[Full Transcript] Keith Rosenbloom Short Idea – 2018 Kase Learning Shorting ConferenceJacob Wolinsky
Full transcript of Keith Rosenbloom, Managing Partner of Cruiser Capital Advisors, from the from the 2018 Kase Learning Shortselling Conference.
Please note this transcript may contain mistakes – this was done by a human but its impossible to get every word correct and the audio was a bit unclear at times – enjoy
I’m pleased to welcome Keith Rosenbloom, a very old friend, founder of Cruiser Capital, a 300-million-dollar long/short fund. One of the few long-short funds out there that’s been meeting markets in the last few years. An activist on both the long and the short side. One of those activists campaigned last year – what was the name?
Sholeman was up 72 percent from when they got involved. Currently involved in [inaudible 00:20:40], he’ll be happy to tell you about that on the long side, they’re running a proxy contest right now. They do great work on the short side, as well. Please join me in welcoming Keith Rosenbloom.
Okay. Let’s see, following Ben Axler, what a nice thing. Great research there with him. When I first presented an idea with these forums I think in May, I came up half-represented and he put on the screen, that is a cheap stock. That’s a cheap stock. That was 30 percent ago. What we do at Cruiser, we try to differentiate between value plays and value traps. What we’re about to show you we think is the epitome of a value trap. One of the things that really resonated with me today is how a lot of people have said, “Follow the money. Watch for the insiders who are selling.” You’ll see that in this story here, which we think is a company with a very talented team that has been dealt a dead-man’s hand. To get on my soapbox here, because I have an opportunity to do so.
I think that Dodd Frank for all of us created a lot of negative unintended consequences. One of those was at the same time that passive investing overtook the investing community is, it deprived the minority shareholders of a real voice in the boardroom. I think what you see across the landscape across all the landscape of all the companies that we look at, is that insiders and directors own very little stock. They very rarely actually bought any stock. At the end of the day, there are more net sellers. I think it’s a problem. I think that Dodd Frank created paradigm where directors could be excused from being concerned about the capital markets. Hopefully we can all address that. All right, so a dead-man’s hand. When you deal with Cruiser, by the way, you don’t get one disclaimer, you get three. Okay? As what we mentioned, we are running a proxy campaign on Ashland Global ASH and because of that, we need to put some extra stuff in there. We are a long/short fund. We are primarily long. We’re very concentrated. Rarely do we have more than ten longs or ten shorts. We like to spend a lot of time with management teams and thinking about what motivates management teams.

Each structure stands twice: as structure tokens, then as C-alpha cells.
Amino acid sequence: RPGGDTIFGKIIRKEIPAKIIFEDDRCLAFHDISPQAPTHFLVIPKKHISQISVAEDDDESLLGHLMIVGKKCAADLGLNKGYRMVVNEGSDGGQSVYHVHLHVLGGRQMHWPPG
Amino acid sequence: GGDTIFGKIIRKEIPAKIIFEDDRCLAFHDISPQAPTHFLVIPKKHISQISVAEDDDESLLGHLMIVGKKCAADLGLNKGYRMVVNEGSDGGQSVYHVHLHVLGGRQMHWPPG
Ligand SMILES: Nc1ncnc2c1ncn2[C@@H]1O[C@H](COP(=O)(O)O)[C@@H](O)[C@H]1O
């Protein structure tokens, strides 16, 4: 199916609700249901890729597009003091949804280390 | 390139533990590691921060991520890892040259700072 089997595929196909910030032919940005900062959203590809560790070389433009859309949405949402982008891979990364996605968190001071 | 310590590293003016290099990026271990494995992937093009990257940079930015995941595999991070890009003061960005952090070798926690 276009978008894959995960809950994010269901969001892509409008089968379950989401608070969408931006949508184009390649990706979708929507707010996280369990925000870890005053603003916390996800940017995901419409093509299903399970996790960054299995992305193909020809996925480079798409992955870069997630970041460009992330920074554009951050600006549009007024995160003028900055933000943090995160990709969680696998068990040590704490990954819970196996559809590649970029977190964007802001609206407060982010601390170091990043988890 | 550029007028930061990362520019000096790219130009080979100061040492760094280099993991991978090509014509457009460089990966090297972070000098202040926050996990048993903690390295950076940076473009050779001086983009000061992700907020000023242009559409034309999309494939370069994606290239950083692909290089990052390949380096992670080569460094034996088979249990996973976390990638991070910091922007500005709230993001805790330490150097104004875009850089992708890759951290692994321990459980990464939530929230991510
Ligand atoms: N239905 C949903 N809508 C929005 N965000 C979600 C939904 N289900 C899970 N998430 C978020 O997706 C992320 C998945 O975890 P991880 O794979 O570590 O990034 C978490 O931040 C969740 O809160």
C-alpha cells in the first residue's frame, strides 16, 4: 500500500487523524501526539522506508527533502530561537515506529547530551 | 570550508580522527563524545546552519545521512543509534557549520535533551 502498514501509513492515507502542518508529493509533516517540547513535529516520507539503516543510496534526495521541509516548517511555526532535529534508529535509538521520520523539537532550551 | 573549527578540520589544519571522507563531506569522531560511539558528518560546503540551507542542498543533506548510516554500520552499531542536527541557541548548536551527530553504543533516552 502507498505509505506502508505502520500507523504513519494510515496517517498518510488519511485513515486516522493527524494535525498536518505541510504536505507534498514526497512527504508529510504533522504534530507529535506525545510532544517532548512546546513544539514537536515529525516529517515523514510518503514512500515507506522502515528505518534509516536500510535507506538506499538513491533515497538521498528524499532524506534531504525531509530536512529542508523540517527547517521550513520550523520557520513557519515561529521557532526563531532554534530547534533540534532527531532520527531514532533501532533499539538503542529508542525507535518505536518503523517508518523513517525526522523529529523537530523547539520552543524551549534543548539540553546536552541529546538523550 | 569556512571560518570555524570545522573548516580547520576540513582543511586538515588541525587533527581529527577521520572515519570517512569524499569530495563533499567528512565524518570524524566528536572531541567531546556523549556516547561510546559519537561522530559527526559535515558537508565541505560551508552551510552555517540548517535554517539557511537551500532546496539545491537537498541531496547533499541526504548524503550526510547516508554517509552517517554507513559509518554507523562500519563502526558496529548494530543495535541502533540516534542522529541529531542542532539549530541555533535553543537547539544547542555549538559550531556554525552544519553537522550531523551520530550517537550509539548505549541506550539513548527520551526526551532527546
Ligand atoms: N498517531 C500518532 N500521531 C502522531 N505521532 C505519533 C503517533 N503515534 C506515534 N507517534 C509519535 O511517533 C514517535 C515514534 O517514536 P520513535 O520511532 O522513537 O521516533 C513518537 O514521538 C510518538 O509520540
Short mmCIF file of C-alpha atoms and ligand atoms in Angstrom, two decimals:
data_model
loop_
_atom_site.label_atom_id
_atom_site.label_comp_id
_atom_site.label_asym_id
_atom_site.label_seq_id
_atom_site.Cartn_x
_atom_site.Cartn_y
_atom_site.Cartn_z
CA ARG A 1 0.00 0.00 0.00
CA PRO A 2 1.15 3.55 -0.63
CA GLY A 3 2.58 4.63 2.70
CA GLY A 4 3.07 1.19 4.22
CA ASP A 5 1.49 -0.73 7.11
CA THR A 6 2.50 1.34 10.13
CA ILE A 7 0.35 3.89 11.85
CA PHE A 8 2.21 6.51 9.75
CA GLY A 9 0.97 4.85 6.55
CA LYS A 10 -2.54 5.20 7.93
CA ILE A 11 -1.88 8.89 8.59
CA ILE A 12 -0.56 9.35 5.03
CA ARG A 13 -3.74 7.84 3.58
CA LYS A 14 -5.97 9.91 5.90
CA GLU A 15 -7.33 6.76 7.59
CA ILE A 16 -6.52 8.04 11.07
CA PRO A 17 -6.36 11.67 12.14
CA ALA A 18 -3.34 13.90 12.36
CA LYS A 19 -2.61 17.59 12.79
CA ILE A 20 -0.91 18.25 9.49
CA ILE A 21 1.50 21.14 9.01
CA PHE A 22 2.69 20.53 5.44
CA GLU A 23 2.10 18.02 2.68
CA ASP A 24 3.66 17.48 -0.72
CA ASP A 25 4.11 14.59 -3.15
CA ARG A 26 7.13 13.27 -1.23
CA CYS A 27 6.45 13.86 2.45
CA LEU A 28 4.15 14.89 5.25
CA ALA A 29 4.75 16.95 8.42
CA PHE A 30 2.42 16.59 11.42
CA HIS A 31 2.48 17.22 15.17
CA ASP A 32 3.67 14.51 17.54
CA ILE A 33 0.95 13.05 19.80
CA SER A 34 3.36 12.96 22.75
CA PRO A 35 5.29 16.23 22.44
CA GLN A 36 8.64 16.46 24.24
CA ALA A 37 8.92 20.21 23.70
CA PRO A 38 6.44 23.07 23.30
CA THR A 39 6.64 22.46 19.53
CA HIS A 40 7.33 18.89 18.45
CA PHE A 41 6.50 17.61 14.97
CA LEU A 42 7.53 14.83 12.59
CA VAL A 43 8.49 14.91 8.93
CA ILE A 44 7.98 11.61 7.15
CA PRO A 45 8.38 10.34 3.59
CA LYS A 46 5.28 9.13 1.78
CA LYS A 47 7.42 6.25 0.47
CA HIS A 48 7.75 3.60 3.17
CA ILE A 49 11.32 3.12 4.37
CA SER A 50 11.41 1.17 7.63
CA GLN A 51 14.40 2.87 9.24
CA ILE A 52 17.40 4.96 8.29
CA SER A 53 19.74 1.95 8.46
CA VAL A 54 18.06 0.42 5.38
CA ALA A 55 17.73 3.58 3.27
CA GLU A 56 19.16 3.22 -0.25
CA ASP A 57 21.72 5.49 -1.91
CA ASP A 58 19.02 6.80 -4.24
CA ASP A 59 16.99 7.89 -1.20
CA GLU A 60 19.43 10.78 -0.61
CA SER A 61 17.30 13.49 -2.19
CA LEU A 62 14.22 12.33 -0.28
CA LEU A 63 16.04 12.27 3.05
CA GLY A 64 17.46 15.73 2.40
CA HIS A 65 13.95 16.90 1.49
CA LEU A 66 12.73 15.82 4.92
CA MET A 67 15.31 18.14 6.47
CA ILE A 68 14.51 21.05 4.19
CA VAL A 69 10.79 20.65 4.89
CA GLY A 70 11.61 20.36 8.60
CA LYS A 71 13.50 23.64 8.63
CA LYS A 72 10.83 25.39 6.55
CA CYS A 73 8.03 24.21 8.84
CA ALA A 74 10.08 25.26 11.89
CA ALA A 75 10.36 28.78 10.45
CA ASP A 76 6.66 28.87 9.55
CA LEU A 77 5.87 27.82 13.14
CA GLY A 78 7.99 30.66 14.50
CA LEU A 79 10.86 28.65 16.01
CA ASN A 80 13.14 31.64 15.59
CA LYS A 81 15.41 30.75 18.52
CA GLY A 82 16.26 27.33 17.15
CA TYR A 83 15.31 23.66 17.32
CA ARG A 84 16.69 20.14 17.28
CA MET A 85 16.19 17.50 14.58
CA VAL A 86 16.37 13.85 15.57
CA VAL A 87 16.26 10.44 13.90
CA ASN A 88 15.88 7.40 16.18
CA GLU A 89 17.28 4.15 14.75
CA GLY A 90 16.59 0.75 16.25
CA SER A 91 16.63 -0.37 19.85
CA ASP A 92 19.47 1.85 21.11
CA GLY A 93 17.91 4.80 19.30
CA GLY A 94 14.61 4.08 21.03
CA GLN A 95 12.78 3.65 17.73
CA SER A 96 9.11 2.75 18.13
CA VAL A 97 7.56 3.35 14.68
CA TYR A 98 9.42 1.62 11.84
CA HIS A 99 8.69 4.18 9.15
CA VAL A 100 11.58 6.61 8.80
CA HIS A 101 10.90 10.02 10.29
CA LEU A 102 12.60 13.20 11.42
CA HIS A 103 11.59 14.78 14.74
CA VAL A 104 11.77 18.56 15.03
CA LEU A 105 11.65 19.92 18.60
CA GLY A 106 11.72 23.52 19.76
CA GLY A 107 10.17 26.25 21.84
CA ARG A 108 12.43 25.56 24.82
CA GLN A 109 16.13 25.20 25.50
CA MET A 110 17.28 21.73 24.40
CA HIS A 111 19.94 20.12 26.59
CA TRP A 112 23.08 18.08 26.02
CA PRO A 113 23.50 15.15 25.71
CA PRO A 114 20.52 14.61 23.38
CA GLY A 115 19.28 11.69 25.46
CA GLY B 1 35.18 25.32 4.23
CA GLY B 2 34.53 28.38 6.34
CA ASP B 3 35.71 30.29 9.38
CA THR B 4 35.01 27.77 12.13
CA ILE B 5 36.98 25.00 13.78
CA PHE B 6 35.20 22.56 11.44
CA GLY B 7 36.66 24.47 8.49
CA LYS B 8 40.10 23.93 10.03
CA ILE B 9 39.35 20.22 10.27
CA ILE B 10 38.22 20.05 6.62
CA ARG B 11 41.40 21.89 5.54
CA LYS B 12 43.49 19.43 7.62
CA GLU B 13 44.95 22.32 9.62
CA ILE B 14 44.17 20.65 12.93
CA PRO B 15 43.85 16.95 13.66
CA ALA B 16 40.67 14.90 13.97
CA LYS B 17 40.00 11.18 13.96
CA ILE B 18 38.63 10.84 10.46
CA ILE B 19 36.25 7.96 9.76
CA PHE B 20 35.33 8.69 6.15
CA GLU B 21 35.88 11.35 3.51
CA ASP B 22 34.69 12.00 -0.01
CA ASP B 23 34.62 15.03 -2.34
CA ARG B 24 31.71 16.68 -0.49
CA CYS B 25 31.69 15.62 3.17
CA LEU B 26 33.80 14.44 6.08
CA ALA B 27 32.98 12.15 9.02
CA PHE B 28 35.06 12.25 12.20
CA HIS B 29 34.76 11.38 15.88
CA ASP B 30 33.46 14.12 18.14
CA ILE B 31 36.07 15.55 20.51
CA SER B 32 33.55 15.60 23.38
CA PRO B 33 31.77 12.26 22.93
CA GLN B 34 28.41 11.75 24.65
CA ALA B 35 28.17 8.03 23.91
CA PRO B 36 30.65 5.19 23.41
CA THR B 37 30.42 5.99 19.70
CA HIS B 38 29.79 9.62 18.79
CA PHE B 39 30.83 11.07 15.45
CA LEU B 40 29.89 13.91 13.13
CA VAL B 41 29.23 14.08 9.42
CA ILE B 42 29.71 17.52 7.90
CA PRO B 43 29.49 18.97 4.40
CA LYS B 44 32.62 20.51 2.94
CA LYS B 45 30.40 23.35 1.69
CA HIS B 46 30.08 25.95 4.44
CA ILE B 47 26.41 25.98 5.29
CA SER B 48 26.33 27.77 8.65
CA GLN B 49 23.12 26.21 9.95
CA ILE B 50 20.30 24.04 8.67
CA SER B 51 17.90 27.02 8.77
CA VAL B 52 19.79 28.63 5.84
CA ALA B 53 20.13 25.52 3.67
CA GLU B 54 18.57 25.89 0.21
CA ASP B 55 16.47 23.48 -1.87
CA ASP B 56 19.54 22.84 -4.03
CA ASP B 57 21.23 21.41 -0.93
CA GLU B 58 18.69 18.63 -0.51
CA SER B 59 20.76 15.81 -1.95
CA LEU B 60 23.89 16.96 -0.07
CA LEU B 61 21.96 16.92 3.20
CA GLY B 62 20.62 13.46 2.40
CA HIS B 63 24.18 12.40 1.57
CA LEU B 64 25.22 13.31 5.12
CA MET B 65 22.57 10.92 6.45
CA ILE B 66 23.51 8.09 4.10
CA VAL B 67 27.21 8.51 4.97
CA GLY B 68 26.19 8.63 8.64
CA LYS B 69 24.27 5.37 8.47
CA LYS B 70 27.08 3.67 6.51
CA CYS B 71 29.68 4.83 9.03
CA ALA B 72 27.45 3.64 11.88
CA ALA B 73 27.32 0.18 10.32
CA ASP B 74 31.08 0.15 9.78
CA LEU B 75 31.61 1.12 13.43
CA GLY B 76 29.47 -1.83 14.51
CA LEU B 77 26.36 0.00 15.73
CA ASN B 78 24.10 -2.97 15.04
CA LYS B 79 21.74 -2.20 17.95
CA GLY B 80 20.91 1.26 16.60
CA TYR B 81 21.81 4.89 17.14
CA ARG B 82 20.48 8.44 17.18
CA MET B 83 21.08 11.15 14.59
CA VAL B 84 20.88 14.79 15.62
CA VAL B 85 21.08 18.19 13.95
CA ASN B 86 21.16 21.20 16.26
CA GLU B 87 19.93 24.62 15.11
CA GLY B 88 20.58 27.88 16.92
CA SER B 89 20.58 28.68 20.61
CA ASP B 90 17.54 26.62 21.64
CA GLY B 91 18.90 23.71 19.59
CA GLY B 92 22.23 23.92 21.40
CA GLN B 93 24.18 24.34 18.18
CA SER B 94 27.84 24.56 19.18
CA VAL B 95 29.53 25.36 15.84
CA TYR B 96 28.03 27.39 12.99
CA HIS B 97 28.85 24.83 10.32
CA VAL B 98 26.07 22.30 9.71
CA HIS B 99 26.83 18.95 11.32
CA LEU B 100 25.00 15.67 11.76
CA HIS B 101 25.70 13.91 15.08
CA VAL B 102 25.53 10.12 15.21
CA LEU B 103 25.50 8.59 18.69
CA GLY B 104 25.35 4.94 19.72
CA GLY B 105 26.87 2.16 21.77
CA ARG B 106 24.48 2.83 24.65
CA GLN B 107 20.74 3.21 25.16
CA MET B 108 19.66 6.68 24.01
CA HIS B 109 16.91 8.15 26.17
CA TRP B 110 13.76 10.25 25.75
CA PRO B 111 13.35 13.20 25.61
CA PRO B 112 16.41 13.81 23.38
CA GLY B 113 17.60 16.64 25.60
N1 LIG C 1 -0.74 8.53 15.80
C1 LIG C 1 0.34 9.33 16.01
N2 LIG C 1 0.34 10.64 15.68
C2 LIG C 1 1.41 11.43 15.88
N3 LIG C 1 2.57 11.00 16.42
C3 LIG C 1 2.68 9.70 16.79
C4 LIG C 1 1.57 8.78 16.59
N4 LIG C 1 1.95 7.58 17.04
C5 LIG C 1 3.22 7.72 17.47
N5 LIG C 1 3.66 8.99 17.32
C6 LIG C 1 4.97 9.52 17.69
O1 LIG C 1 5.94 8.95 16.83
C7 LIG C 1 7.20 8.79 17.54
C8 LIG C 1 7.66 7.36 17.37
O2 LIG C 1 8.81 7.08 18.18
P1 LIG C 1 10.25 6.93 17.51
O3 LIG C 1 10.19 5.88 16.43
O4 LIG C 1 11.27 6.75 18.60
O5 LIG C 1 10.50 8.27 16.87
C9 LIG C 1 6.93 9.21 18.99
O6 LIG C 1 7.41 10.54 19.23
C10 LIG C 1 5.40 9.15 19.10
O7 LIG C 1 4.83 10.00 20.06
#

The last nine years I think has been an incredible opportunity to objectively evaluate managers. Capital has been available to everyone. All you needed was a good idea and you could raise money. The question is, how did it work out? We’re all capable now of really putting together the pieces to see which managers did well and which didn’t? I think that objective scorecard is really important. It’s really interesting to see how the last presentation, the compensation committee, gave max comp to underperforming management team. We look at that stuff a lot. As I said, value plays versus value traps is our motto. Cash and patience are our allies. Then very importantly, we try to look at the exit strategy. Who’s going to buy the company from us? Particularly on the short side.
If we’re going to get heavy on the short, this next one we’re heavy in. We want to just make sure that there isn’t a buyer, right? Waking up in the morning and seeing that someone bought you out could be a disaster. We spend a lot of time mapping out corporate structures on both the long and the short side. Where are we? There we go, dead-man’s hand.
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